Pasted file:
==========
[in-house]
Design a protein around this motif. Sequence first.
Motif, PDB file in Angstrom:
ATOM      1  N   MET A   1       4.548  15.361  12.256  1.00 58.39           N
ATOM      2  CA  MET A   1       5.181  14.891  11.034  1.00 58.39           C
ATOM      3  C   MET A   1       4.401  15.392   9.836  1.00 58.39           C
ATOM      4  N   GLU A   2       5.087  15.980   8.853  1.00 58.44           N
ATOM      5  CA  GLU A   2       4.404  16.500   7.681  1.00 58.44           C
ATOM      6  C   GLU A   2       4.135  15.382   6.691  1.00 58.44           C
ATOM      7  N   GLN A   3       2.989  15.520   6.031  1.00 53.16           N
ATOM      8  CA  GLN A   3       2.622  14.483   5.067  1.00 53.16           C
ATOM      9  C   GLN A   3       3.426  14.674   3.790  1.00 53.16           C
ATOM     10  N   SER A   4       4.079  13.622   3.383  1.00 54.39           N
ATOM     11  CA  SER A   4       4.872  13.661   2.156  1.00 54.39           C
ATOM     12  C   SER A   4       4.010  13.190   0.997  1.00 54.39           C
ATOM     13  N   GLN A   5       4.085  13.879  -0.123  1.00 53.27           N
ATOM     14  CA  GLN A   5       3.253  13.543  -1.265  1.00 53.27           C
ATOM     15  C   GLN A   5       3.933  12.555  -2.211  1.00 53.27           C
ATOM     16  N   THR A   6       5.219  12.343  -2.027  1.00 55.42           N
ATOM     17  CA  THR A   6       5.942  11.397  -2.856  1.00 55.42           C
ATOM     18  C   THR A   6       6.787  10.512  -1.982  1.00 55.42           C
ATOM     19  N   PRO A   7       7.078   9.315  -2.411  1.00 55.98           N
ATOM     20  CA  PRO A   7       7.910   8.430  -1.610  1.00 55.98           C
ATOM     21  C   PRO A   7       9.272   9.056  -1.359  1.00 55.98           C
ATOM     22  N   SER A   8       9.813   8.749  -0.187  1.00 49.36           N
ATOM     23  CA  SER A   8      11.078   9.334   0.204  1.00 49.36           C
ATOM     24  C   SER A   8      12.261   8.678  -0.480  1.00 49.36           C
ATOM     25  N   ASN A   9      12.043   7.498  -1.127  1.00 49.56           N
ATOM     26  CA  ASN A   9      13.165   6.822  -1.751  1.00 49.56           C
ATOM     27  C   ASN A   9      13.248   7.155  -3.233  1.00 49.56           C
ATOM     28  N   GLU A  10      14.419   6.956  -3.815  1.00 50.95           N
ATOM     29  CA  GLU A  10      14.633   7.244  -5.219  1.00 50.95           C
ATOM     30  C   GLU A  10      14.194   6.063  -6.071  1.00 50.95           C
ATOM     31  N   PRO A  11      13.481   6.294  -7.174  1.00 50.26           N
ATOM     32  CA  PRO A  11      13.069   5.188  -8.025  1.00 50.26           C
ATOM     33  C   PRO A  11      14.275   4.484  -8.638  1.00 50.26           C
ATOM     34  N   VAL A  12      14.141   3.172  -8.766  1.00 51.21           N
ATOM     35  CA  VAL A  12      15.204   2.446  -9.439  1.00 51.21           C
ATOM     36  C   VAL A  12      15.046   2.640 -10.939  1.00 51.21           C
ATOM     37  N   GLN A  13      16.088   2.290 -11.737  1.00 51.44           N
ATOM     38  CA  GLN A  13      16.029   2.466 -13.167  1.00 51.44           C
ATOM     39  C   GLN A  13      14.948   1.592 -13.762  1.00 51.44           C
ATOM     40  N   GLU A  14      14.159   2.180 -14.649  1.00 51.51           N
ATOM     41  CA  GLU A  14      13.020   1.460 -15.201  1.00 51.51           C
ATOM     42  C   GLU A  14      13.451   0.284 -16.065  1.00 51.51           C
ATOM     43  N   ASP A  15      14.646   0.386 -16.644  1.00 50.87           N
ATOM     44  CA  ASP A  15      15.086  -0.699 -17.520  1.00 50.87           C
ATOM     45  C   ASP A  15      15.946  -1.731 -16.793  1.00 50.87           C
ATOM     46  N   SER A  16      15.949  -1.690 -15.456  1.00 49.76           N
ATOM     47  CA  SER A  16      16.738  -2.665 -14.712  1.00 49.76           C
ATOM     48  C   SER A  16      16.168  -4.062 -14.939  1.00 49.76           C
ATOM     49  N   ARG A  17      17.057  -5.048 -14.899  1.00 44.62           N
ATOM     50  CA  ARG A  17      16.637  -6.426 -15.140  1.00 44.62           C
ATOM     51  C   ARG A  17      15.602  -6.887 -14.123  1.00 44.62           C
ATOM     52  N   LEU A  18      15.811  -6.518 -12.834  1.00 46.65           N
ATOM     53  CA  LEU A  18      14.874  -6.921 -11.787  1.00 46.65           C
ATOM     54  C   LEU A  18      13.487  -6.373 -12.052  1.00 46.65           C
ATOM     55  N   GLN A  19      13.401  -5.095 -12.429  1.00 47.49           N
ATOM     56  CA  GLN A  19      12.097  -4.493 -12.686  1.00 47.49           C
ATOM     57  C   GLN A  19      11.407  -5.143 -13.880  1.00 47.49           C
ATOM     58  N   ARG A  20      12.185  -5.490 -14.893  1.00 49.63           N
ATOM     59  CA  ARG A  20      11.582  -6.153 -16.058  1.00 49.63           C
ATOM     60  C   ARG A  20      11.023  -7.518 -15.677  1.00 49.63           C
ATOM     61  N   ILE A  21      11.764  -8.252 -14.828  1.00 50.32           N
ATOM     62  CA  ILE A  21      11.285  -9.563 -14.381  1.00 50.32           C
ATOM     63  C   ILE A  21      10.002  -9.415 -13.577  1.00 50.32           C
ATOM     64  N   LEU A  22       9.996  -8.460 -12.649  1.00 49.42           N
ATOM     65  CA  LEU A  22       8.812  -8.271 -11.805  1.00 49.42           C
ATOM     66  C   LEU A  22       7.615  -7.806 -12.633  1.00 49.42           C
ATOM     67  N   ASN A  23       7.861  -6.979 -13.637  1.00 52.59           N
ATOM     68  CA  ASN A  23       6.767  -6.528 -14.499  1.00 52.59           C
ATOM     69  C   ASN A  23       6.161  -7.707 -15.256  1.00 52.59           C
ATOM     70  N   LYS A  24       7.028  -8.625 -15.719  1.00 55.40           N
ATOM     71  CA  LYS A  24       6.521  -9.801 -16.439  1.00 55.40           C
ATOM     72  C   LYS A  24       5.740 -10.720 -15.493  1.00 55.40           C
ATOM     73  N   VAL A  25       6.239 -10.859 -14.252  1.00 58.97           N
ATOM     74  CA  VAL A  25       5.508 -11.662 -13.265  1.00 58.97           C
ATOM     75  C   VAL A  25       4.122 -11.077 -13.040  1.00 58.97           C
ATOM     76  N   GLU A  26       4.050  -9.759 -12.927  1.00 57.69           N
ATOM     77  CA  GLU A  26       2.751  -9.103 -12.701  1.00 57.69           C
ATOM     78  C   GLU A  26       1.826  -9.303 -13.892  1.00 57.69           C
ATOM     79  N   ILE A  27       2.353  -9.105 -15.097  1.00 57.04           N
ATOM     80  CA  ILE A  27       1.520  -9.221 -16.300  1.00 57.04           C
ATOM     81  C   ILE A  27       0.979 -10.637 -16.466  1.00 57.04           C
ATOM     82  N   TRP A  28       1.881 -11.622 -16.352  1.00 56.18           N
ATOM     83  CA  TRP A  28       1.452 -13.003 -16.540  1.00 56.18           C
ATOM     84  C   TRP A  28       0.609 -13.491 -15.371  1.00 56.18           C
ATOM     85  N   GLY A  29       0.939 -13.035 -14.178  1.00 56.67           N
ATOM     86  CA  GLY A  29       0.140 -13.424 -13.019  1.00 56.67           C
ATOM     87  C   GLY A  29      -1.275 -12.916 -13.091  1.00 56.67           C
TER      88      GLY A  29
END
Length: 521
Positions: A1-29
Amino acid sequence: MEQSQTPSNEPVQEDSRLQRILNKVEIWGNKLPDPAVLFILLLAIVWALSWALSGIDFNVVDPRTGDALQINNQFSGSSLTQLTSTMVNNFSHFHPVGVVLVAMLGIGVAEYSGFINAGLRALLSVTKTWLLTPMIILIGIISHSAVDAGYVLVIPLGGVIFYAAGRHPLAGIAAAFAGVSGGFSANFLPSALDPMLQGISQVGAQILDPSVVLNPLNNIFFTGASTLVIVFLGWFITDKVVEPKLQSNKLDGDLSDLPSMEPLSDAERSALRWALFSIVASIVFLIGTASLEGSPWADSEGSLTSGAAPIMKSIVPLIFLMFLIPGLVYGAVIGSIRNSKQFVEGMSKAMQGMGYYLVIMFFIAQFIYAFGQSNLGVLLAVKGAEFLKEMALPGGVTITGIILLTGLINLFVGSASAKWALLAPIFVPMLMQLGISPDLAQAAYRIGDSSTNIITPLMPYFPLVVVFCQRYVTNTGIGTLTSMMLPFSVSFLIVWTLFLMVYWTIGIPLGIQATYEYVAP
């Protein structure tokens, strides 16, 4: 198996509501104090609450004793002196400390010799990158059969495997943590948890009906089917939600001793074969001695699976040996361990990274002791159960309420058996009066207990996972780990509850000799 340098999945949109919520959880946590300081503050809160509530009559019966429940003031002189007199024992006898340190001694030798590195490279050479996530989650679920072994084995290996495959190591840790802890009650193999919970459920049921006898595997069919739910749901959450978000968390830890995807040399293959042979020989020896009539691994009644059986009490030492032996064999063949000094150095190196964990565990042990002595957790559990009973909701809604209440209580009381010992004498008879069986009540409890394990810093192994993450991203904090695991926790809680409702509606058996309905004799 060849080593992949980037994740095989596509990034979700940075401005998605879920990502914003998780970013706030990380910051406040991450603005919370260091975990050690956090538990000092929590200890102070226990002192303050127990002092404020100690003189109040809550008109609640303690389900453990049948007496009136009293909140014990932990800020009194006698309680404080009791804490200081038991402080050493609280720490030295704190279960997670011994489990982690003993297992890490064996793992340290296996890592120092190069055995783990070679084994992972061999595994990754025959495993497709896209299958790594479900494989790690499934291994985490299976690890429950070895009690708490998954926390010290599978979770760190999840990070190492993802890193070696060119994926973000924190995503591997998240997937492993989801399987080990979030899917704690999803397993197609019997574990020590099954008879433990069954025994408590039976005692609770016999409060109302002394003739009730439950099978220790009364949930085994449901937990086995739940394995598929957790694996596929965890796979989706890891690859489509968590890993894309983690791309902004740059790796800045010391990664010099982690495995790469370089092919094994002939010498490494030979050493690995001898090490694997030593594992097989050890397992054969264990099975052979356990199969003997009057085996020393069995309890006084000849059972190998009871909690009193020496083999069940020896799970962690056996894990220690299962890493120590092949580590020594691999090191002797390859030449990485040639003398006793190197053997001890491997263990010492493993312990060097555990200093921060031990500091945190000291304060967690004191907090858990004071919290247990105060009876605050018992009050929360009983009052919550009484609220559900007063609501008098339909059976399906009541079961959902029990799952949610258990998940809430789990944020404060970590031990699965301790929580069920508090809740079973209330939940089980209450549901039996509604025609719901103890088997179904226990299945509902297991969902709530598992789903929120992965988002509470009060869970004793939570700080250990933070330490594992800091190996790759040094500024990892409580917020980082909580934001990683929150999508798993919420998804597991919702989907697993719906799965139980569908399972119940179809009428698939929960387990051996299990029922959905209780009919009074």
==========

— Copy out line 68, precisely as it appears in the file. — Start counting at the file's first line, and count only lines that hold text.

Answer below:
ATOM     65  CA  LEU A  22       8.812  -8.271 -11.805  1.00 49.42           C